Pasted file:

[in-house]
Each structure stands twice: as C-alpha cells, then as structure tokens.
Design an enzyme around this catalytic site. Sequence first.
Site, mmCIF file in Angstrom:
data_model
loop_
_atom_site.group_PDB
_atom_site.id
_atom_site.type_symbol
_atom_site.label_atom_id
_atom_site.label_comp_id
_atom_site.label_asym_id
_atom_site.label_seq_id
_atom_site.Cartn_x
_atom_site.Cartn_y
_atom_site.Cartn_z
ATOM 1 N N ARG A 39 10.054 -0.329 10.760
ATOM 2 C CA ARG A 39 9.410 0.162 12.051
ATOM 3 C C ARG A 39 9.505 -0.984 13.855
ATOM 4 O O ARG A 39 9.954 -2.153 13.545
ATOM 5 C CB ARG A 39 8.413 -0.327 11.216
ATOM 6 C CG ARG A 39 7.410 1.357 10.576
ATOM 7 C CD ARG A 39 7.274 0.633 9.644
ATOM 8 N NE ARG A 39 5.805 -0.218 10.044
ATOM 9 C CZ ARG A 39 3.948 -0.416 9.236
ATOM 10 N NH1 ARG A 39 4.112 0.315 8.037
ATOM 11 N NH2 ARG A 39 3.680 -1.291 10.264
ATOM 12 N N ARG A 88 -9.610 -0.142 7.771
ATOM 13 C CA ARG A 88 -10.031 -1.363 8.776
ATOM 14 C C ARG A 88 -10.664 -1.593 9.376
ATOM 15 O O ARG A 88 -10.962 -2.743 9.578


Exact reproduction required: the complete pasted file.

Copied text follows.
[in-house]
Each structure stands twice: as C-alpha cells, then as structure tokens.
Design an enzyme around this catalytic site. Sequence first.
Site, mmCIF file in Angstrom:
data_model
loop_
_atom_site.group_PDB
_atom_site.id
_atom_site.type_symbol
_atom_site.label_atom_id
_atom_site.label_comp_id
_atom_site.label_asym_id
_atom_site.label_seq_id
_atom_site.Cartn_x
_atom_site.Cartn_y
_atom_site.Cartn_z
ATOM 1 N N ARG A 39 10.054 -0.329 10.760
ATOM 2 C CA ARG A 39 9.410 0.162 12.051
ATOM 3 C C ARG A 39 9.505 -0.984 13.855
ATOM 4 O O ARG A 39 9.954 -2.153 13.545
ATOM 5 C CB ARG A 39 8.413 -0.327 11.216
ATOM 6 C CG ARG A 39 7.410 1.357 10.576
ATOM 7 C CD ARG A 39 7.274 0.633 9.644
ATOM 8 N NE ARG A 39 5.805 -0.218 10.044
ATOM 9 C CZ ARG A 39 3.948 -0.416 9.236
ATOM 10 N NH1 ARG A 39 4.112 0.315 8.037
ATOM 11 N NH2 ARG A 39 3.680 -1.291 10.264
ATOM 12 N N ARG A 88 -9.610 -0.142 7.771
ATOM 13 C CA ARG A 88 -10.031 -1.363 8.776
ATOM 14 C C ARG A 88 -10.664 -1.593 9.376
ATOM 15 O O ARG A 88 -10.962 -2.743 9.578